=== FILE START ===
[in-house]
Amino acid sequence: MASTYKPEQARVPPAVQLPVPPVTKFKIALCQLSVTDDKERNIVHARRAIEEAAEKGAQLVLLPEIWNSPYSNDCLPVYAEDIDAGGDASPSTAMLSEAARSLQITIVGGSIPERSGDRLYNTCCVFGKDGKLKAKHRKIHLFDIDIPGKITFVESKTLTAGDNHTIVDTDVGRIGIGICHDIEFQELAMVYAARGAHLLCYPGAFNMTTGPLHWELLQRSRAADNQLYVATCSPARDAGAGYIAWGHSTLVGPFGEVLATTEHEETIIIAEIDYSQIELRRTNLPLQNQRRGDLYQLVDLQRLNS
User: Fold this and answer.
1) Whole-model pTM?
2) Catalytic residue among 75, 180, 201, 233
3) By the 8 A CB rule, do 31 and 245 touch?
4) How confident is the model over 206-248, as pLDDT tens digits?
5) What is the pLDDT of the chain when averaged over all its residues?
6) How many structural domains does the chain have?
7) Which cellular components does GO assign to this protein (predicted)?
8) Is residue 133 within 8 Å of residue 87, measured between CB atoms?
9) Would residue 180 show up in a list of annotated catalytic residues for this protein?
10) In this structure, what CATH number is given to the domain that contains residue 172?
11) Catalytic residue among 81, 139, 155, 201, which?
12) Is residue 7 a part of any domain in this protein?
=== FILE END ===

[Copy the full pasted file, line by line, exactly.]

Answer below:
[in-house]
Amino acid sequence: MASTYKPEQARVPPAVQLPVPPVTKFKIALCQLSVTDDKERNIVHARRAIEEAAEKGAQLVLLPEIWNSPYSNDCLPVYAEDIDAGGDASPSTAMLSEAARSLQITIVGGSIPERSGDRLYNTCCVFGKDGKLKAKHRKIHLFDIDIPGKITFVESKTLTAGDNHTIVDTDVGRIGIGICHDIEFQELAMVYAARGAHLLCYPGAFNMTTGPLHWELLQRSRAADNQLYVATCSPARDAGAGYIAWGHSTLVGPFGEVLATTEHEETIIIAEIDYSQIELRRTNLPLQNQRRGDLYQLVDLQRLNS
User: Fold this and answer.
1) Whole-model pTM?
2) Catalytic residue among 75, 180, 201, 233
3) By the 8 A CB rule, do 31 and 245 touch?
4) How confident is the model over 206-248, as pLDDT tens digits?
5) What is the pLDDT of the chain when averaged over all its residues?
6) How many structural domains does the chain have?
7) Which cellular components does GO assign to this protein (predicted)?
8) Is residue 133 within 8 Å of residue 87, measured between CB atoms?
9) Would residue 180 show up in a list of annotated catalytic residues for this protein?
10) In this structure, what CATH number is given to the domain that contains residue 172?
11) Catalytic residue among 81, 139, 155, 201, which?
12) Is residue 7 a part of any domain in this protein?